Klimov's hero, a novice dentist called Chesnokov ("garlic"), discovers a remarkable talent: he can pull teeth painlessly, instantaneously, with a flick of his drill and a soft "ding!" Initially, Chesnokov's colleagues admire him. When their patients abandon them for the miracle-worker, however, they turn on him, as do the patients themselves when Chesnokov's magic falters.
As in Dobro pozhlovat', Klimov sharpened the parodic elements of Alexander Volodin's script both visually and verbally. When Chesnokov's parents visit him, hoping to raise his spirits, Klimov shoots them frontally. They become Soviet equivalents of Grant Wood's American Gothics, staring straight ahead and preaching about "manliness" and courage. In another scene, Chesnokov is so unnerved by the intimidating presence of a supervisory commission that he cannot work at all. The parallel to the paralyzing effect of controls on film-makers (indeed, on all artists) was not hard to infer—even for the authorities.
"The story of a man who reveals an extraordinary talent, and whom everyone tramples in the most friendly Soviet way, could hardly inspire any special joy," Klimov later recalled, especially among functionaries uncertain of the prevailing winds after Khrushchev's departure. Editors, appalled by the film's final implication—that society inevitably ostracizes those who are gifted—told Klimov to change it. He refused. The consequence: a "category three" classification, relegating the film to a handful of prints, 25 according to one version of what happened, 78 according to another. Either way, hardly anyone got to see the film.
Intensity and unrealised plans
Censorship continued to plague Klimov. He completed his rich, racy version of Rasputin and the last years of Romanov rule in 1975—several years, and several rewrites, after he began it—but Russian distribution came only in 1984, obstructed partly because of its orgy-scenes, partly because of its (relatively) nuanced portrait of Nicholas II. After his wife died in a car crash in 1979, while at work on a screen adaptation of Valentin Rasputin's story Farewell to Matyora, Klimov finished the film (Proshchanie [Farewell]) in 1981, but it was initially shelved because of its "desperate ecological warning." (Together with Marlen Khutsiev, Klimov also completed the film his teacher, Mikhail Romm, was working on when he died, I vse-taki ia veriu... [And Still I Believe, 1976].)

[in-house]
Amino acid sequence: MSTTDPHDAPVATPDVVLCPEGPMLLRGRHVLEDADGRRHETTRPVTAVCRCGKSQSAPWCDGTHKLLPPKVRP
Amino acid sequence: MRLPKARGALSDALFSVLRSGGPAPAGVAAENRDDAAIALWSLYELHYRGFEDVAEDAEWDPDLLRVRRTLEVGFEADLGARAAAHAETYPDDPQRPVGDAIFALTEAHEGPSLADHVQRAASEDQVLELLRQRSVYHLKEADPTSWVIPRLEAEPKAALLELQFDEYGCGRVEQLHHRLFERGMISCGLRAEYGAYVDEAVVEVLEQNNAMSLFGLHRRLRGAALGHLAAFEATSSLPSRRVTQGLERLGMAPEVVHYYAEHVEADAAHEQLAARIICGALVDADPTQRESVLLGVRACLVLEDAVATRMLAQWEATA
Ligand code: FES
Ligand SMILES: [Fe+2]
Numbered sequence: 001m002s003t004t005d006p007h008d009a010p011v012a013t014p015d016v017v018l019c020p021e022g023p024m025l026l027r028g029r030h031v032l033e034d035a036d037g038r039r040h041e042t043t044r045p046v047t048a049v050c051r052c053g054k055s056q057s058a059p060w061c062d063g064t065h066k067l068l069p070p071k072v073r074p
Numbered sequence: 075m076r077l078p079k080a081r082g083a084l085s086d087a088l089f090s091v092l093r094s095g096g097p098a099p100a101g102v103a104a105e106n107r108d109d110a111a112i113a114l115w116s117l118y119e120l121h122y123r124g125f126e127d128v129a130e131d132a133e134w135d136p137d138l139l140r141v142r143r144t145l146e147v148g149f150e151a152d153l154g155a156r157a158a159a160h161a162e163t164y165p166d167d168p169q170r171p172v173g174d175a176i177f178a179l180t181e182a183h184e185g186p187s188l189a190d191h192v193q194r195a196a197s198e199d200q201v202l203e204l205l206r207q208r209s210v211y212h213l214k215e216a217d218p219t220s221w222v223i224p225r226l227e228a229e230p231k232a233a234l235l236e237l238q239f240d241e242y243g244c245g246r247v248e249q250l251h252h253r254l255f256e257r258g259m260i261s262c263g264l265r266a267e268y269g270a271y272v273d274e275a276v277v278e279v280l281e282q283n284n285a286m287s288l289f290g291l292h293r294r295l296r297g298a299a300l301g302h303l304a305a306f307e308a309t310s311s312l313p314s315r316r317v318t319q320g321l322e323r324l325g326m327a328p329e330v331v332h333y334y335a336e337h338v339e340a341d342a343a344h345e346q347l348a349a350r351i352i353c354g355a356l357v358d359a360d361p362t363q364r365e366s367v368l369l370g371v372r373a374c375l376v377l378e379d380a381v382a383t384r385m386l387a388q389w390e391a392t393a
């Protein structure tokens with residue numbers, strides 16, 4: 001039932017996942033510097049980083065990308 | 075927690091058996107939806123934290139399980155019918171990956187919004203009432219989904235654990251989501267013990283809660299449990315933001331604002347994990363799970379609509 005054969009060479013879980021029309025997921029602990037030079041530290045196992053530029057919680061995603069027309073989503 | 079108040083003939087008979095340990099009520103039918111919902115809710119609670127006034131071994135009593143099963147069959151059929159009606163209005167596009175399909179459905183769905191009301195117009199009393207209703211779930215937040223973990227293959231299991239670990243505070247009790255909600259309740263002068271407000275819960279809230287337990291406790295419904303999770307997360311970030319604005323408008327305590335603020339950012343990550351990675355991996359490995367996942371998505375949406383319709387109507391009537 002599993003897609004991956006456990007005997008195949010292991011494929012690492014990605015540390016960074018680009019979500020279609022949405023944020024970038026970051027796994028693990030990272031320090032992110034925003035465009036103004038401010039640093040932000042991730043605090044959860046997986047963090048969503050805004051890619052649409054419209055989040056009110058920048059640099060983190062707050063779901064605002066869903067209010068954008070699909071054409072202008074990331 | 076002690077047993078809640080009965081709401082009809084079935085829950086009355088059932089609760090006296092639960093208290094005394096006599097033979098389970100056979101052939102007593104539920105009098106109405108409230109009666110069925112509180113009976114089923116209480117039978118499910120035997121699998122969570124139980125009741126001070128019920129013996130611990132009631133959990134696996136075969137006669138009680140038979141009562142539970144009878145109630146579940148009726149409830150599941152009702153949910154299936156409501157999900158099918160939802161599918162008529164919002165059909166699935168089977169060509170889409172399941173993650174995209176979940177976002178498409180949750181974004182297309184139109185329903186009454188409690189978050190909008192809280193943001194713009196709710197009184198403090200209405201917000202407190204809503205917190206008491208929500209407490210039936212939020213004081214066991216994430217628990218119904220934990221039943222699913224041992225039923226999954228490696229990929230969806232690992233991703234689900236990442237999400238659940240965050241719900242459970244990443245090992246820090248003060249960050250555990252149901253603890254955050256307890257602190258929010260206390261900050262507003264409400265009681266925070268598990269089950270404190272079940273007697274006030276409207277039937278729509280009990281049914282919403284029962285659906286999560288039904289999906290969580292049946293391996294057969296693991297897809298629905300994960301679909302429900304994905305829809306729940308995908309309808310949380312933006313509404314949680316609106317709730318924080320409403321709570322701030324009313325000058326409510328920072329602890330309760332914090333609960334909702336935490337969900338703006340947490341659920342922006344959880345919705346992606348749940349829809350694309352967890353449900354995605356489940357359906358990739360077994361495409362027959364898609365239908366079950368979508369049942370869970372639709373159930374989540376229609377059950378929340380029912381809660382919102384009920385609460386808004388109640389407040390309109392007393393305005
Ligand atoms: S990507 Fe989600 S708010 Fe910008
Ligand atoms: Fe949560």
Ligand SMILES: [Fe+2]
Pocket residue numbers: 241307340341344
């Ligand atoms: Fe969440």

The projects he worked on between the mid-1980s and 2000—an adaptation of Bulgakov's Master and Margarita, another of Dostoevsky's The Possessed, a film on Stalin—foundered, partly because of the difficult financial circumstances in which Russian cinema found itself, partly because of Klimov's involvement in the transformation of the industry as First Secretary of the Union of Film-makers in 1986 and partly because of his own loss of interest in making films.
The last film that Klimov directed, Idi i smotri (Come and See, 1985), shocked audiences both at home and abroad. Based on a story by Ales Adamovich, and set in wartime Belarus (now independent, then a republic of the USSR), Idi i smotri depicts the horrifying experiences of a 16-year-old, Florian (Alexei Kravchenko), whose family and village the Nazis destroy. (The Nazis destroyed over 600 Belarusian villages.) After stealing a rifle—the price of admission, as it were—Flor joins up with a partisan unit (they give him little choice), but is left behind in the forest camp when they go off on a raid.